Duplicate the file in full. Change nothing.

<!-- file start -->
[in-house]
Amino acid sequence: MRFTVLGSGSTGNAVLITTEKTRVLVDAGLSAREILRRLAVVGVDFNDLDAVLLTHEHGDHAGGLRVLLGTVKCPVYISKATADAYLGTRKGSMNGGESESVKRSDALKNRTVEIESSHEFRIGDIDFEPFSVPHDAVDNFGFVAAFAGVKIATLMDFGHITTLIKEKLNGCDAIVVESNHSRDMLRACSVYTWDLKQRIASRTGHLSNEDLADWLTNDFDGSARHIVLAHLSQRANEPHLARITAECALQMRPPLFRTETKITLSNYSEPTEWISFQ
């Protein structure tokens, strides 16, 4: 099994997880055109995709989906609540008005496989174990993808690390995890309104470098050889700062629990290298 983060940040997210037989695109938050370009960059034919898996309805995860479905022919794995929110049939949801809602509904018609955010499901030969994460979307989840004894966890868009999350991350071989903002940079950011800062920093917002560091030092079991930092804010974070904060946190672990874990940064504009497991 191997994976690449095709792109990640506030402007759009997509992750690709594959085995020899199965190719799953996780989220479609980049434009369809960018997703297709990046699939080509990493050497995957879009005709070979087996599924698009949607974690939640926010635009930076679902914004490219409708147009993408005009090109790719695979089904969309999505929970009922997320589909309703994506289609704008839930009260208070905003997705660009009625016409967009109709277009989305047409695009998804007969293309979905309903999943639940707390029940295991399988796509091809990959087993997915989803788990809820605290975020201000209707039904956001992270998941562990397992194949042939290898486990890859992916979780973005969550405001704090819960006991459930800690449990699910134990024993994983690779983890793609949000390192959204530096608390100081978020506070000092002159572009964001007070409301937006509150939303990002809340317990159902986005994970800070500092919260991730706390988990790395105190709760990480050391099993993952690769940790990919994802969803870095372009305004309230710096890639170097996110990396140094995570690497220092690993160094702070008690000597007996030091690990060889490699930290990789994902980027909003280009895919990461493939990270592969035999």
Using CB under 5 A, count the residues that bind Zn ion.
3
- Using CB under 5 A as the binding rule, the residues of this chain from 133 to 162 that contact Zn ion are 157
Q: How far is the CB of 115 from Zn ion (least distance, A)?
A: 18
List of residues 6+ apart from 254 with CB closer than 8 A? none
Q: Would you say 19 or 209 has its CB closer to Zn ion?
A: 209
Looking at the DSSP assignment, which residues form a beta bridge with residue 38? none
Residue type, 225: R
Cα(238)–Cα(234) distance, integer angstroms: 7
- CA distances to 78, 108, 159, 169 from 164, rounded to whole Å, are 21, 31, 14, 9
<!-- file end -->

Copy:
[in-house]
Amino acid sequence: MRFTVLGSGSTGNAVLITTEKTRVLVDAGLSAREILRRLAVVGVDFNDLDAVLLTHEHGDHAGGLRVLLGTVKCPVYISKATADAYLGTRKGSMNGGESESVKRSDALKNRTVEIESSHEFRIGDIDFEPFSVPHDAVDNFGFVAAFAGVKIATLMDFGHITTLIKEKLNGCDAIVVESNHSRDMLRACSVYTWDLKQRIASRTGHLSNEDLADWLTNDFDGSARHIVLAHLSQRANEPHLARITAECALQMRPPLFRTETKITLSNYSEPTEWISFQ
């Protein structure tokens, strides 16, 4: 099994997880055109995709989906609540008005496989174990993808690390995890309104470098050889700062629990290298 983060940040997210037989695109938050370009960059034919898996309805995860479905022919794995929110049939949801809602509904018609955010499901030969994460979307989840004894966890868009999350991350071989903002940079950011800062920093917002560091030092079991930092804010974070904060946190672990874990940064504009497991 191997994976690449095709792109990640506030402007759009997509992750690709594959085995020899199965190719799953996780989220479609980049434009369809960018997703297709990046699939080509990493050497995957879009005709070979087996599924698009949607974690939640926010635009930076679902914004490219409708147009993408005009090109790719695979089904969309999505929970009922997320589909309703994506289609704008839930009260208070905003997705660009009625016409967009109709277009989305047409695009998804007969293309979905309903999943639940707390029940295991399988796509091809990959087993997915989803788990809820605290975020201000209707039904956001992270998941562990397992194949042939290898486990890859992916979780973005969550405001704090819960006991459930800690449990699910134990024993994983690779983890793609949000390192959204530096608390100081978020506070000092002159572009964001007070409301937006509150939303990002809340317990159902986005994970800070500092919260991730706390988990790395105190709760990480050391099993993952690769940790990919994802969803870095372009305004309230710096890639170097996110990396140094995570690497220092690993160094702070008690000597007996030091690990060889490699930290990789994902980027909003280009895919990461493939990270592969035999």
Using CB under 5 A, count the residues that bind Zn ion.
3
- Using CB under 5 A as the binding rule, the residues of this chain from 133 to 162 that contact Zn ion are 157
Q: How far is the CB of 115 from Zn ion (least distance, A)?
A: 18
List of residues 6+ apart from 254 with CB closer than 8 A? none
Q: Would you say 19 or 209 has its CB closer to Zn ion?
A: 209
Looking at the DSSP assignment, which residues form a beta bridge with residue 38? none
Residue type, 225: R
Cα(238)–Cα(234) distance, integer angstroms: 7
- CA distances to 78, 108, 159, 169 from 164, rounded to whole Å, are 21, 31, 14, 9